KAPT_Kipper sent us the devastating news that Microsoft has closed down the clip art and image library on office.com. Tech Crunch reports that users in need of imagery will now be pointed towards Bing Image search with a Creative Commons filter turned on. So, goodnight cow. Goodnight moon. Good night lady, with cake and balloons.

In related news, D’Angelo Barksdale was last seen yelling, “Where’s Word ART? String, look at me! Where’s WORD ART?”

TNTFan sent us theThe Next Web report that famed physicist Stephen Hawking has a new communications system that uses technology from SwiftKey to make it easier for him to write and talk. The updated system, which is built by Intel, lets him accurately choose entire words rather than individual characters. Professor Hawking’s typing speed is twice as fast with the new system. Wired Magazine has details of the development of the system, called called ACAT (Assistive Context Aware Toolkit) which is available as open source software in January.

ktoll2 passed along the Verge story about the journal Nature making research studies it publishes free to read online. Well sort of. The studies are free to read using a proprietary software platform accessible only if you have a direct link provided by a subscriber, and kept in a format that prohibits copying, printing, or downloading. So not really free as in beer or speech, more like free if you can get to it. Still that’s 140 years of peer-reviewed research that technically anyone can access.

Discussion Links: Objective v. Subjective

http://www.latimes.com/nation/la-na-supreme-court-facebook-threats-free-speech-20141201-story.html

http://www.theverge.com/2014/11/26/7292755/supreme-court-tackle-online-threats-elonis

http://www.scotusblog.com/case-files/cases/elonis-v-united-states/

http://www.scotusblog.com/2014/12/argument-analysis-taking-ownership-of-an-internet-rant/

 

Pick of the Day: Junecloud via Jamie Brand

I wanted to tell you about an app I just discovered today called Deliveries by Junecloud. It’s a package tracking solution that has apps for iOS and OSX and makes tracking your shipped packages painless. It breaks down the ETA for each package, and even sends notifications if there is a change to your scheduled delivery date. The app for iOS costs $4.99 but with that you are able to use almost all of the main shipping outlets like UPS, USPS, Canada Post etc, and it even lets you forward confirmation emails to automatically add tracking information to the app. They just added a Widget to the Today screen as well so you don’t even have to open the app. I will be using this alot in the coming weeks for my many amazon purchases and hopefully fellow DTNS listeners can do the same.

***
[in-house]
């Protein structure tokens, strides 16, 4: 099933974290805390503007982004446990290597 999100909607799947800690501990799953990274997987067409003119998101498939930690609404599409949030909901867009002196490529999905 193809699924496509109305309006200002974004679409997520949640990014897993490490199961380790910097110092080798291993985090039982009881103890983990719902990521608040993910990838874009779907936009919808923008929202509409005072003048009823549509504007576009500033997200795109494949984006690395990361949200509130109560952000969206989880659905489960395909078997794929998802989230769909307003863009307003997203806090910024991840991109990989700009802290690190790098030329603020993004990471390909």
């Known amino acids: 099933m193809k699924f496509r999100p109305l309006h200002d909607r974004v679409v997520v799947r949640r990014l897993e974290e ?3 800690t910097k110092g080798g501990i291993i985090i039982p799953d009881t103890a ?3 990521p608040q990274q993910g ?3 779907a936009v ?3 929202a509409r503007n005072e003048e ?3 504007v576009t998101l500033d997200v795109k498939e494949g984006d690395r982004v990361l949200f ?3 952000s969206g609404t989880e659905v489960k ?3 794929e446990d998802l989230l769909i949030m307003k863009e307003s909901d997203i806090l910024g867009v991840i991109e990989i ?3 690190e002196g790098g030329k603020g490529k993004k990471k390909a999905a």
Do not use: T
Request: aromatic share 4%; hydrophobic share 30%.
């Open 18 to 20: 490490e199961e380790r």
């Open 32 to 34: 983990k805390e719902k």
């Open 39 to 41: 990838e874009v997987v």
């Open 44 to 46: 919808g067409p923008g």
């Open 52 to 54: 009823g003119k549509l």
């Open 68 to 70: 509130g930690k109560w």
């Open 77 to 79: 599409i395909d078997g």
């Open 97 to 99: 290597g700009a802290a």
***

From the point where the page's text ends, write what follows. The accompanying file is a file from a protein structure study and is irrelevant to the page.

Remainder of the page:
Jamie in beautiful BC

Plug of the Day: 

Wednesday’s guest: Allison Sheridan of the Nosillacast podcast

2 thoughts on “DTNS 2377 – Reasonable people? On the Internet?

  1. My concepts of the ideals that the Supreme Court is looking at

    1: Objective standard: There are tons of “I’m going to kill (insert noun here)”… said every month on the internet in a gaming context. But it would put behind bars some people that intend to do harm.
    Serious Concern: People going to jail because wrong place/wrong time/wrong thing said/sensitive or vindictive person taking action on a perceived/in the moment threat because internet culture becomes too sincere/strict

    2: Subjective Standard: This would effectively mean a lot of verbal abuse could be gotten away with. But would protect free speech and still catch the most blatant offenders.
    Serious Concern: People not going to jail that should have and people getting hurt/dying because internet culture becomes insincere/uncaring.

    I know that’s polarizing arguments and I also know the reality of either decision will be more middle ground… In my opinion, people are human and cultural differences will always exist. Obscenity law and the first amendment free speech protections are location specific in America, and have a slightly morphing effect on the specific culture of that location especially when it comes to sex and violence. Any ruling that tangentially involves something as far reaching as the internet should (in my opinion) accommodate these differences in culture. That alone makes this decision even harder than I’m willing to fathom at this time.

    Whatever the decision, it will likely have far reaching effects for many years unless written so narrowly that there will be no tangible affect.

    Threats have existed for longer than the written word. Now with the internet there is a much wider audience that spans through a longer timeframe possibly to permanence… One could say we really should be monitoring ourselves… Just like we already have to do with smartphone conversations because we know the government is listening in… Wait no… That’s just my conspiracy theorist side coming out… Love the show. Keep it up!

Leave a Reply

This site uses Akismet to reduce spam. Learn how your comment data is processed.

%d bloggers like this: